In the paper, I will present four types of teachers' responses to innovation in the school activity system: niche, apparent, instrumental and synergic changes. On the example of a case study of a team experiencing a synergic change in the school activity system, I will reconstruct a dialogical structure of cooperation between beginner and experienced teachers, in which the key objective is to develop a new professional orientation pattern of teaching and involvement in solving challenges at school arising from the tutoring practice.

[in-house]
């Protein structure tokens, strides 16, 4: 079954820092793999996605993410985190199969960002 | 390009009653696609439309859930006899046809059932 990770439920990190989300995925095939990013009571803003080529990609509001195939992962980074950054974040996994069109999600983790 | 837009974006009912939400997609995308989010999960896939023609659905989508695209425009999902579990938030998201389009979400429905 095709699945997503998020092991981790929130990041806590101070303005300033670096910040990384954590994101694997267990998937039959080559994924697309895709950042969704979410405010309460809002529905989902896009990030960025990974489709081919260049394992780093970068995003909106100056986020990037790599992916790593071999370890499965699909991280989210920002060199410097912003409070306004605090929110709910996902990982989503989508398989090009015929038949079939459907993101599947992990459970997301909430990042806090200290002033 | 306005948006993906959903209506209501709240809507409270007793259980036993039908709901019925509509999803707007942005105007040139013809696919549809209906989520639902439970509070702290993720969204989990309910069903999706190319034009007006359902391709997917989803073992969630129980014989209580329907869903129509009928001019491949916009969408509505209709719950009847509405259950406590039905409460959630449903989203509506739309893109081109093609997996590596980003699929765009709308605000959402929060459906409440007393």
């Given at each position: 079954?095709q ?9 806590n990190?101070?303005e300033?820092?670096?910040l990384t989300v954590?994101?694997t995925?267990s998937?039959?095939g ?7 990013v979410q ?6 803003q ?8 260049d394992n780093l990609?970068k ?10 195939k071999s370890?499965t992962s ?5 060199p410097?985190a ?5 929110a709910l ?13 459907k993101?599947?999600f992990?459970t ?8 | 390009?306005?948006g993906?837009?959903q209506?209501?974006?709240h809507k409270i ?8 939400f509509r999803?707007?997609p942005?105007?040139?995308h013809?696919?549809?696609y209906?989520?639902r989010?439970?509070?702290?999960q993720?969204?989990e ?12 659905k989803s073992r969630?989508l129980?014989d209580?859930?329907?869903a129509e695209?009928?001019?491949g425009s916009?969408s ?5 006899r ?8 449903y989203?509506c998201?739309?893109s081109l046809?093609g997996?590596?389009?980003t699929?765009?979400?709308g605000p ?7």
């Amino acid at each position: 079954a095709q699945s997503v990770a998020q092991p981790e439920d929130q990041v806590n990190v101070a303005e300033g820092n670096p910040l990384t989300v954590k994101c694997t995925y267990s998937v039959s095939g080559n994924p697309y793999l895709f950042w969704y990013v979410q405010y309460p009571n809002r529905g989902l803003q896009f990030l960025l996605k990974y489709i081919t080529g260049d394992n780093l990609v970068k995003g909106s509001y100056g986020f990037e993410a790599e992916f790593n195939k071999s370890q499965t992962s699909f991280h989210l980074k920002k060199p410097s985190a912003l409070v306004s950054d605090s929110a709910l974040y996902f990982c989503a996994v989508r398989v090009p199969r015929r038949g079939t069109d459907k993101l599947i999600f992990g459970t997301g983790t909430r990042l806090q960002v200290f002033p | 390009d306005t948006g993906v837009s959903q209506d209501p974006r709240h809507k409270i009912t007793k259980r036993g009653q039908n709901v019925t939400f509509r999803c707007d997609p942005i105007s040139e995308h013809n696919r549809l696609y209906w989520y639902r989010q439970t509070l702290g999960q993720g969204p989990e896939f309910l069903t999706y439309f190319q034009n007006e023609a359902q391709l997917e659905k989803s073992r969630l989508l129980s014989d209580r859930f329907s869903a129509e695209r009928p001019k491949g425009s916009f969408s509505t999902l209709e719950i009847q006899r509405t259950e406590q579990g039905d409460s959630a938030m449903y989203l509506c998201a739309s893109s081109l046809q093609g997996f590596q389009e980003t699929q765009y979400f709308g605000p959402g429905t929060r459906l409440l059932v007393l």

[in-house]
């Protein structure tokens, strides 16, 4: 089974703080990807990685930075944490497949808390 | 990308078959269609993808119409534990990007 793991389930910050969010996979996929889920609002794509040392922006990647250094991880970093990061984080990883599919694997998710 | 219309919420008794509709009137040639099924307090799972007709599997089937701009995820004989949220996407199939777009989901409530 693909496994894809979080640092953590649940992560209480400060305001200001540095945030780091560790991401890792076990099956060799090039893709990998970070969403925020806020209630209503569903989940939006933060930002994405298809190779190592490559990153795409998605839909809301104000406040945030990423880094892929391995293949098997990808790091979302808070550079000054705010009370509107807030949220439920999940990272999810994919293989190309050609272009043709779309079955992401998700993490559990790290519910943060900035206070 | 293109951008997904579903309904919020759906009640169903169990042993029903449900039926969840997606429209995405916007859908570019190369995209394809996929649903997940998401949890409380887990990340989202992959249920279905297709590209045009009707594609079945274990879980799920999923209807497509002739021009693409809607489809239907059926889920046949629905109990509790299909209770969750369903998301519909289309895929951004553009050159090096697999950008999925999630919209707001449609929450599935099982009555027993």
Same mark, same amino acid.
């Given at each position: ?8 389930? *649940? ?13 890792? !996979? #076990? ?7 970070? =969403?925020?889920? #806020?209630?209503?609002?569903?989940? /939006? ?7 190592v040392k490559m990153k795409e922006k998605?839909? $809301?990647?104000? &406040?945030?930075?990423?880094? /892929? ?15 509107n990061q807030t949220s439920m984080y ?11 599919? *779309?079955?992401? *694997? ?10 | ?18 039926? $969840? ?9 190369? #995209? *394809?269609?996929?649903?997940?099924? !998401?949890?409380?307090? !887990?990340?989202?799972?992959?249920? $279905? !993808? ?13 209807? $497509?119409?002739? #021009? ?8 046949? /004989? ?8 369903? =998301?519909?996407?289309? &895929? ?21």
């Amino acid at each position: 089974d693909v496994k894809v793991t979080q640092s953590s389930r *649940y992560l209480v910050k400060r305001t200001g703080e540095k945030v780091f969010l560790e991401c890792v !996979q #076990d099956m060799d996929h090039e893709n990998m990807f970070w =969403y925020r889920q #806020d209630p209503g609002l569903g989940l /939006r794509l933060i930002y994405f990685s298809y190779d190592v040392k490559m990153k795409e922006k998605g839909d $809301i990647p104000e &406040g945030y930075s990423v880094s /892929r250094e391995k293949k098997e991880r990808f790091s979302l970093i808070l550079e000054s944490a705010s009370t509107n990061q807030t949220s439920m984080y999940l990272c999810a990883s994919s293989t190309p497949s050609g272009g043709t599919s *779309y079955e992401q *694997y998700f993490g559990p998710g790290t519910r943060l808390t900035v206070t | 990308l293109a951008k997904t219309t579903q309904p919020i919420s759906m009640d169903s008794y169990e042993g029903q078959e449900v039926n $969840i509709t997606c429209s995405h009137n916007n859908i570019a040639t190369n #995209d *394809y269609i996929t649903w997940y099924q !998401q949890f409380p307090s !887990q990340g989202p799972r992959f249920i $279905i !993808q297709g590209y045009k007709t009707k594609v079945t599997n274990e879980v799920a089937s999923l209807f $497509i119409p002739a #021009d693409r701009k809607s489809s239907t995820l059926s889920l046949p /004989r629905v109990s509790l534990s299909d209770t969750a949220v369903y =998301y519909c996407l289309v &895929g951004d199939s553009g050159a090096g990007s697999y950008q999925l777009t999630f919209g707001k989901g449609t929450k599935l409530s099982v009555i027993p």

References Bohnsack, R. (2014). Documentary Method. In U. Flick (Ed.), The SAGE Handbook of Qualitative Data Analysis (pp. 217–233). London: SAGE Publications Ltd. Retrieved from http://dx.doi.org/10.4135/9781446282243.n15 Drozd, E., & Zembrzuska, A. (2013). School Tutoring as a Concept and a Support Method in Student’s Development. Forum Oświatowe. (2(49)), 167–175. Engeström, Y., Kajamaa, A., Lahtinen, P., & Sannino, A. (2015). Toward a Grammar of Collaboration. Mind, Culture, and Activity, 22(2), 92–111. https://doi.org/10.1080/10749039.2015.1024326 European Commission. (2015). Strengthening Teaching in Europe: new evidence from teachers compiled by Eurydice and CRELL. Retrieved from http://ec.europa.eu/assets/eac/education/library/policy/teaching-profession-practices_en.pdf European Commission/EACEA/Eurydice. (2015). The Teaching Profession in Europe: Practices, Perceptions, and Policies: Eurydice Report. Luxembourg: Publications Office of the European Union. Retrieved from http://ec.europa.eu/eurydice Krzychała, S. (2019). Professional Praxis Community in a Dialogical Perspective: Towards the Application of Bakhtinian Categories in the Documentary Method. Forum Qualitative Sozialforschung / Forum: Qualitative Social Research. (20 (1)), Art. 17. https://doi.org/10.17169/FQS-20.1.3073 MacPhail, A., Patton, K., Parker, M., & Tannehill, D. (2014). Leading by Example: Teacher Educators' Professional Learning Through Communities of Practice. Quest, 66(1), 39–56. https://doi.org/10.1080/00336297.2013.826139 McDonald, J., & Cater-Steel, A. (2017). Communities of Practice. Singapore: Springer Singapore.